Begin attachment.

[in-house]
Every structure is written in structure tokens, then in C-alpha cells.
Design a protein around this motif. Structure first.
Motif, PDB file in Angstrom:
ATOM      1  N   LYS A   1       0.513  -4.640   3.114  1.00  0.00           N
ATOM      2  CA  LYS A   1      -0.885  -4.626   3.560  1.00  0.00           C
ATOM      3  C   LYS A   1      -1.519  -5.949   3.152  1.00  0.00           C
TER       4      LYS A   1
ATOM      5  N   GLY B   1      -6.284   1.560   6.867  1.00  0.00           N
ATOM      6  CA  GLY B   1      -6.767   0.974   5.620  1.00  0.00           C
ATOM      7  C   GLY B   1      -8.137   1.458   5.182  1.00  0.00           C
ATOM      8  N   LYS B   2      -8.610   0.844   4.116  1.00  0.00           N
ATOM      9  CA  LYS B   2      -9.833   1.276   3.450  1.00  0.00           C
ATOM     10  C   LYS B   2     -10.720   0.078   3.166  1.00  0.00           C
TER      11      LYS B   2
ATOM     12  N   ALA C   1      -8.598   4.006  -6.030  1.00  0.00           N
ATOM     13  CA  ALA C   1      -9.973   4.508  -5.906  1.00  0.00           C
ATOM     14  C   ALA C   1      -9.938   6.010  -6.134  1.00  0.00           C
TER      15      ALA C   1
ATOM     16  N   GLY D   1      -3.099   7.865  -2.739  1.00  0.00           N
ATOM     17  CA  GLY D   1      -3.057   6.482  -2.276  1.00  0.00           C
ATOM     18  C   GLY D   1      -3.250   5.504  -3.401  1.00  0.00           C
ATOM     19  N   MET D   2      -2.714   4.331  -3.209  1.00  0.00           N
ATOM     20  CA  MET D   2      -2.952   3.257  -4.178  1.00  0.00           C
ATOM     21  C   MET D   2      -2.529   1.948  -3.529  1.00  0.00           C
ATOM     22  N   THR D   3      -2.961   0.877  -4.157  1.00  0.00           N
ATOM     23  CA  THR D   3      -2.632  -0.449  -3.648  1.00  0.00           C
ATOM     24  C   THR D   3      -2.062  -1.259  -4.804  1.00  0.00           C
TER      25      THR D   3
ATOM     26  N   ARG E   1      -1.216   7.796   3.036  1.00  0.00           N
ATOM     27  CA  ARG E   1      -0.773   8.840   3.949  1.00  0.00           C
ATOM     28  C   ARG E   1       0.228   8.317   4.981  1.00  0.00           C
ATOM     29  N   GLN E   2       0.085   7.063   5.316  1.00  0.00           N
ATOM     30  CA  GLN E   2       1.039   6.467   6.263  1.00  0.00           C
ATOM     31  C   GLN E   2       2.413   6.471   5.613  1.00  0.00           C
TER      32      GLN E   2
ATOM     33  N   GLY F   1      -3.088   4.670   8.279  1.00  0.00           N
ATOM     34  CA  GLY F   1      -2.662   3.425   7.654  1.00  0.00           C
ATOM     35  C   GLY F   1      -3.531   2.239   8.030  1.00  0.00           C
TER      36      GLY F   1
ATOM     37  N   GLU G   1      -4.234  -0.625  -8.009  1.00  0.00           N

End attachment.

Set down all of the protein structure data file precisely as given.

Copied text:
[in-house]
Every structure is written in structure tokens, then in C-alpha cells.
Design a protein around this motif. Structure first.
Motif, PDB file in Angstrom:
ATOM      1  N   LYS A   1       0.513  -4.640   3.114  1.00  0.00           N
ATOM      2  CA  LYS A   1      -0.885  -4.626   3.560  1.00  0.00           C
ATOM      3  C   LYS A   1      -1.519  -5.949   3.152  1.00  0.00           C
TER       4      LYS A   1
ATOM      5  N   GLY B   1      -6.284   1.560   6.867  1.00  0.00           N
ATOM      6  CA  GLY B   1      -6.767   0.974   5.620  1.00  0.00           C
ATOM      7  C   GLY B   1      -8.137   1.458   5.182  1.00  0.00           C
ATOM      8  N   LYS B   2      -8.610   0.844   4.116  1.00  0.00           N
ATOM      9  CA  LYS B   2      -9.833   1.276   3.450  1.00  0.00           C
ATOM     10  C   LYS B   2     -10.720   0.078   3.166  1.00  0.00           C
TER      11      LYS B   2
ATOM     12  N   ALA C   1      -8.598   4.006  -6.030  1.00  0.00           N
ATOM     13  CA  ALA C   1      -9.973   4.508  -5.906  1.00  0.00           C
ATOM     14  C   ALA C   1      -9.938   6.010  -6.134  1.00  0.00           C
TER      15      ALA C   1
ATOM     16  N   GLY D   1      -3.099   7.865  -2.739  1.00  0.00           N
ATOM     17  CA  GLY D   1      -3.057   6.482  -2.276  1.00  0.00           C
ATOM     18  C   GLY D   1      -3.250   5.504  -3.401  1.00  0.00           C
ATOM     19  N   MET D   2      -2.714   4.331  -3.209  1.00  0.00           N
ATOM     20  CA  MET D   2      -2.952   3.257  -4.178  1.00  0.00           C
ATOM     21  C   MET D   2      -2.529   1.948  -3.529  1.00  0.00           C
ATOM     22  N   THR D   3      -2.961   0.877  -4.157  1.00  0.00           N
ATOM     23  CA  THR D   3      -2.632  -0.449  -3.648  1.00  0.00           C
ATOM     24  C   THR D   3      -2.062  -1.259  -4.804  1.00  0.00           C
TER      25      THR D   3
ATOM     26  N   ARG E   1      -1.216   7.796   3.036  1.00  0.00           N
ATOM     27  CA  ARG E   1      -0.773   8.840   3.949  1.00  0.00           C
ATOM     28  C   ARG E   1       0.228   8.317   4.981  1.00  0.00           C
ATOM     29  N   GLN E   2       0.085   7.063   5.316  1.00  0.00           N
ATOM     30  CA  GLN E   2       1.039   6.467   6.263  1.00  0.00           C
ATOM     31  C   GLN E   2       2.413   6.471   5.613  1.00  0.00           C
TER      32      GLN E   2
ATOM     33  N   GLY F   1      -3.088   4.670   8.279  1.00  0.00           N
ATOM     34  CA  GLY F   1      -2.662   3.425   7.654  1.00  0.00           C
ATOM     35  C   GLY F   1      -3.531   2.239   8.030  1.00  0.00           C
TER      36      GLY F   1
ATOM     37  N   GLU G   1      -4.234  -0.625  -8.009  1.00  0.00           N